Tacit Knowledge and Moral Leadership as a Source of Business Value

In Erden and Nonaka’s paper “Quality of Group Tacit Knowledge” they introduce the idea that business value derives from tacit knowledge — that is, the knowledge that can only be gained through experience.  Tacit knowledge cannot be codified, explicated, or completely documented.  It is expensive to create and difficult to share.  Therefore, a firm that has a high quality of shared tacit knowledge will be able to stay ahead of competitors that cannot acquire that knowledge.

Understanding the distinction between tacit and explicit is essential to understanding other distinctions, such as the difference between rules and norms, and how legal differs from ethical, which differs from moral.

Rules vs. Norms

Rules are explicit prohibitions or requirements that prescribe specific consequences resulting from violations.  By contrast, norms are shared expectations of behavior (like manners) that don’t suggest specific consequences.  Norms are tacit social expectations.  The expectations of a norm may sometimes made explicit (e.g., “Don’t cut in line.”), but the consequences are not.  Consequently, norms are enforced through social processes, such as shaming or ridicule, rather than through judicial or bureaucratic processes.

This excerpt from an insightful TED talk by Clay Shirky called “How Cognitive Surplus Will Change The World” illustrates both the difference between a rule and a norm, and what can happen to culture when norms become explicitly stated as rules.

Legal vs. Ethical Vs. Moral

Laws result from legislative processes.  They represent rules laid out by the government and are attached to specific consequences, including maximum or minimum penalties, sentencing guidelines or other disincentives.  On the other hand, ethics do not typically result from legislative action.  They emerge from social processes particular to a group with aligned interests, such as a professional society or a guild.  Ethics are shared expressions of values and may be codified as rules of behavior, but they are typically enforced outside of government — i.e., by the specialty group itself.  Often, the punishment for breaking an ethical expectation is excommunication from the group, such as disbarment (for attorneys) that may result in a loss of livelihood.  In contrast to laws and ethical codes, morals exist at the scale of the individual.  They are not necessarily shared or negotiated among many individuals in a group.

It is possible for behavior to be legal, but unethical or immoral.  Similarly, moral behavior might be unethical or illegal.

Management vs. Leadership

The final important distinction to make is between management (explicit) and leadership (tacit).  In this video, Seth Godin tries to clarify this distinction, although his explanation is still more inspirational than descriptive.

Managers operate within a bureaucratic or administrative structure.  Their authority to influence the behaviors of others reposes on the organizational structure: it’s policies, procedures and allocation of resources.  According to Godin, managers work towards the explicit goal of incremental improvement within an existing paradigm by coercing compliance from subordinates.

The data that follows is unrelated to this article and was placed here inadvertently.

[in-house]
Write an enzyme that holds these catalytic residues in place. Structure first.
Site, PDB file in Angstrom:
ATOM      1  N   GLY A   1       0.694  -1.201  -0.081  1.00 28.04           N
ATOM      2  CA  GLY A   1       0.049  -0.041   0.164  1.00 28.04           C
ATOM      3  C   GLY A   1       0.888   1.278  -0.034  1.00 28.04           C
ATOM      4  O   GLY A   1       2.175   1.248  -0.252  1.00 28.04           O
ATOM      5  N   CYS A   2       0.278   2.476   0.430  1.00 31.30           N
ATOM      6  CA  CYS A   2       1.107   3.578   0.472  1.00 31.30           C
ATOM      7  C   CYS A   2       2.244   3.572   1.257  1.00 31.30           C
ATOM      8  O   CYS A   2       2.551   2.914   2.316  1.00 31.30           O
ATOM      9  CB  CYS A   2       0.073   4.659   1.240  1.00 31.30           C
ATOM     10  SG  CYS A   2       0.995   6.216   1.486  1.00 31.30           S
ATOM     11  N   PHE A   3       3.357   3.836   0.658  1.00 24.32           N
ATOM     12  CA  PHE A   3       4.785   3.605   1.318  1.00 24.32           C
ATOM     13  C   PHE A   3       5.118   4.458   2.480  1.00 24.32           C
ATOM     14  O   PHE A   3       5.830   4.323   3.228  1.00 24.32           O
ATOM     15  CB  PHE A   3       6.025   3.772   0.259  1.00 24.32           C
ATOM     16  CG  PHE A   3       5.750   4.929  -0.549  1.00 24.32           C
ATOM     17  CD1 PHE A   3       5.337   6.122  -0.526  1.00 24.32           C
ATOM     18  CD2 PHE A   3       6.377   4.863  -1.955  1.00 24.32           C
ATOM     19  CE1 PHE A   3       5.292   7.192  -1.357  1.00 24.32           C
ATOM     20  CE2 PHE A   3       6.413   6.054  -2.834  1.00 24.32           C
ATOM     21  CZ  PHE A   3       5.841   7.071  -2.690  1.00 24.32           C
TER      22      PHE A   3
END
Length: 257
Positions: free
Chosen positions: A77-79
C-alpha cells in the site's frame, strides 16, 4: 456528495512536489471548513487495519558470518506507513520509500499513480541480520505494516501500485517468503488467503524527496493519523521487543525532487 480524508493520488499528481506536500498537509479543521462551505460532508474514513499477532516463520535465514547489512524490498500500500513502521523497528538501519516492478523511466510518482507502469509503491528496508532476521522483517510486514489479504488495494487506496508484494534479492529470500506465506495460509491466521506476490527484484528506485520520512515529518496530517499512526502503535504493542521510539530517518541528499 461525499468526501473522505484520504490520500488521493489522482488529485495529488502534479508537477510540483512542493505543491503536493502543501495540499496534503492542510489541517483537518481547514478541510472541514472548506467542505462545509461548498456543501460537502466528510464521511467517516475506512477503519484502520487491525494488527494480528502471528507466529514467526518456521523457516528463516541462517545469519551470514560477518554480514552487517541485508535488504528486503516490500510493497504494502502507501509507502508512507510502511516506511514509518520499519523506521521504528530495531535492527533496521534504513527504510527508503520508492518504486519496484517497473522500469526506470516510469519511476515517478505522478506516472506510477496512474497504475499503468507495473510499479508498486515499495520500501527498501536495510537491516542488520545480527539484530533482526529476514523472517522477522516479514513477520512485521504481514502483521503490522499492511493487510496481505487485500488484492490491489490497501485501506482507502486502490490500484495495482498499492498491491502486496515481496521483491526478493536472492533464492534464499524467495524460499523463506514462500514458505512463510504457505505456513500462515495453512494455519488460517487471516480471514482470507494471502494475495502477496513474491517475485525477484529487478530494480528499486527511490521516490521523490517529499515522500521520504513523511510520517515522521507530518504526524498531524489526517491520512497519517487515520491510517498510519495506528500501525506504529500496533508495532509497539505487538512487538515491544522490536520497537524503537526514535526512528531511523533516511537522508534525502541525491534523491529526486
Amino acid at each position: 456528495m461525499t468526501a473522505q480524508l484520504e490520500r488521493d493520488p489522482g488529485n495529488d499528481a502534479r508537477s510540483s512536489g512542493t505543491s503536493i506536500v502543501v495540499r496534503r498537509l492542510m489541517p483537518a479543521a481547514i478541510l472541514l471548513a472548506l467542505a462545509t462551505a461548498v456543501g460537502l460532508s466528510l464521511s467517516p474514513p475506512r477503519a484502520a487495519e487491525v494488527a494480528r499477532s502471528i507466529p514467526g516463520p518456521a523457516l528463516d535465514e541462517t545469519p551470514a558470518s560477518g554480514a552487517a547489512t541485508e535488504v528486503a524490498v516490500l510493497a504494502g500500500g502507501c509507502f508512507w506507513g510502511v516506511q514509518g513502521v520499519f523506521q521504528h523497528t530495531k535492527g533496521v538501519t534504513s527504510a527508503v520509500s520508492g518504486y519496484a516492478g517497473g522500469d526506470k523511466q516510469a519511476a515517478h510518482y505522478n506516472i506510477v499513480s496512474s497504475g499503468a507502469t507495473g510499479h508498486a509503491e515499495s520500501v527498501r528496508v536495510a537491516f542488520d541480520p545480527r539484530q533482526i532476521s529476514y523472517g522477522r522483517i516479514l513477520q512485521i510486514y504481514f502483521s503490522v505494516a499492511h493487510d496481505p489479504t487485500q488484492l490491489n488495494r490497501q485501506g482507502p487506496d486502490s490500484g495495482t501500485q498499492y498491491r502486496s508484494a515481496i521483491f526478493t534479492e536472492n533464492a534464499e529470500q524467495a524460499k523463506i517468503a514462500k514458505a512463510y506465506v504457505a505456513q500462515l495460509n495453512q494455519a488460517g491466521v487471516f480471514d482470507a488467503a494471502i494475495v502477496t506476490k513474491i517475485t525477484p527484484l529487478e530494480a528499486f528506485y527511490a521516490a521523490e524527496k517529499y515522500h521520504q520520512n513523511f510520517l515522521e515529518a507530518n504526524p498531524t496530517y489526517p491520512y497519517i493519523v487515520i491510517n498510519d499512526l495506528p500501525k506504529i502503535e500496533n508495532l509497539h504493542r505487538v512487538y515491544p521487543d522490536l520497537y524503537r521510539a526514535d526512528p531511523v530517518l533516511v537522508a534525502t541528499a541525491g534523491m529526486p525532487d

By contrast, leaders work outside the bureaucratic structure of performance reviews, merit pay increases, and annual bonuses.  In Godin’s view, leaders empower others to accomplish things previously thought impossible.  Certainly, both managers and leaders influence the behavior of others.  However, moral leadership does not exert this influence for the benefit of the leader (such as a Chief Executive Officer), but rather for the benefit of the follower, or for society.  Thus, real leadership is an act of service.

Godin believes that the industrial paradigm of the modern corporation was short lived and is now essentially over.  What brought it to an end, in his view, is the Information Revolution, which he believes is exemplified by Google.

Godin’s critique is essentially consistent with Erden and Nonaka’s thesis that shared tacit knowledge is now the principal source of value in any firm.  Godin points out that information-communication technology has reduced the marginal cost of explicit information to essentially zero and brought transaction costs to such a low level that anonymous personal assistants can now be hired by the hour over the internet.  This, he says, breaks the industrial age “monopoly” from which profits were once extracted.

When explicit information, such as that which can be downloaded over the internet, is essentially free, then what what will serve as the source of competitive advantage for any firm?  Erden and Nonaka claim the answer is “tacit knowledge”, but they don’t explain from where this tacit knowledge originates.

Connecting Nonaka to Godin, we could hypothesize that the source of high quality group tacit knowledge is moral leadership — thus positioning moral leadership as the principal source of business value in the Information Age.

 

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